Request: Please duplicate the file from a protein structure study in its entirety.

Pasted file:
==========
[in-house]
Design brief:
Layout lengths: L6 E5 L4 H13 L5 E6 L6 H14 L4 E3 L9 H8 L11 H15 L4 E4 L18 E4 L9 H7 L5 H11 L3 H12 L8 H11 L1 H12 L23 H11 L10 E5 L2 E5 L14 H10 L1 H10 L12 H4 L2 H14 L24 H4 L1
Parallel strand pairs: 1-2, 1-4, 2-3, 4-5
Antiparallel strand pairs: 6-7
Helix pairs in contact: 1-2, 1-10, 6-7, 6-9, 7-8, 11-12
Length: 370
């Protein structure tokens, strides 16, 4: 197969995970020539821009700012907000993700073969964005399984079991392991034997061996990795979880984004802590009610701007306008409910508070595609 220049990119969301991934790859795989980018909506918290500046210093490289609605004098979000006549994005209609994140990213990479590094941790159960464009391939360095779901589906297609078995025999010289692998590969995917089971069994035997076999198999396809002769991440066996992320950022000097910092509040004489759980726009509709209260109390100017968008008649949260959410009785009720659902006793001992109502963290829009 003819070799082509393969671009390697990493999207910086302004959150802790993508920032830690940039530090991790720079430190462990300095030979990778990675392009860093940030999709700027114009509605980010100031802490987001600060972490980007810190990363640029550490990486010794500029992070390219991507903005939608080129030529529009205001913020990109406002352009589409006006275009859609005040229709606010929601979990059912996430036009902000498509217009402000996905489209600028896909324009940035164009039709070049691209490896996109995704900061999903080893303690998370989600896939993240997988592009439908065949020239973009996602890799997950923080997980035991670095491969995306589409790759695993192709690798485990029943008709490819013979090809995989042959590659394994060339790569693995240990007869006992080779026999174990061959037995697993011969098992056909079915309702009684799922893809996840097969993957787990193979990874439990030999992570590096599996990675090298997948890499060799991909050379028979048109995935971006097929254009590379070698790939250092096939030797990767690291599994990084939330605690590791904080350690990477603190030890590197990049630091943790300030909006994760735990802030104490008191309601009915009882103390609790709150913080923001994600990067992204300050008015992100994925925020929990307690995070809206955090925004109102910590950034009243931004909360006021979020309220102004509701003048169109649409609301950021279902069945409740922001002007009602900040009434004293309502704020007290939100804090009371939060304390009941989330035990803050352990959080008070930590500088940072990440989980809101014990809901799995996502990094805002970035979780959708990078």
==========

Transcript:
[in-house]
Design brief:
Layout lengths: L6 E5 L4 H13 L5 E6 L6 H14 L4 E3 L9 H8 L11 H15 L4 E4 L18 E4 L9 H7 L5 H11 L3 H12 L8 H11 L1 H12 L23 H11 L10 E5 L2 E5 L14 H10 L1 H10 L12 H4 L2 H14 L24 H4 L1
Parallel strand pairs: 1-2, 1-4, 2-3, 4-5
Antiparallel strand pairs: 6-7
Helix pairs in contact: 1-2, 1-10, 6-7, 6-9, 7-8, 11-12
Length: 370
């Protein structure tokens, strides 16, 4: 197969995970020539821009700012907000993700073969964005399984079991392991034997061996990795979880984004802590009610701007306008409910508070595609 220049990119969301991934790859795989980018909506918290500046210093490289609605004098979000006549994005209609994140990213990479590094941790159960464009391939360095779901589906297609078995025999010289692998590969995917089971069994035997076999198999396809002769991440066996992320950022000097910092509040004489759980726009509709209260109390100017968008008649949260959410009785009720659902006793001992109502963290829009 003819070799082509393969671009390697990493999207910086302004959150802790993508920032830690940039530090991790720079430190462990300095030979990778990675392009860093940030999709700027114009509605980010100031802490987001600060972490980007810190990363640029550490990486010794500029992070390219991507903005939608080129030529529009205001913020990109406002352009589409006006275009859609005040229709606010929601979990059912996430036009902000498509217009402000996905489209600028896909324009940035164009039709070049691209490896996109995704900061999903080893303690998370989600896939993240997988592009439908065949020239973009996602890799997950923080997980035991670095491969995306589409790759695993192709690798485990029943008709490819013979090809995989042959590659394994060339790569693995240990007869006992080779026999174990061959037995697993011969098992056909079915309702009684799922893809996840097969993957787990193979990874439990030999992570590096599996990675090298997948890499060799991909050379028979048109995935971006097929254009590379070698790939250092096939030797990767690291599994990084939330605690590791904080350690990477603190030890590197990049630091943790300030909006994760735990802030104490008191309601009915009882103390609790709150913080923001994600990067992204300050008015992100994925925020929990307690995070809206955090925004109102910590950034009243931004909360006021979020309220102004509701003048169109649409609301950021279902069945409740922001002007009602900040009434004293309502704020007290939100804090009371939060304390009941989330035990803050352990959080008070930590500088940072990440989980809101014990809901799995996502990094805002970035979780959708990078």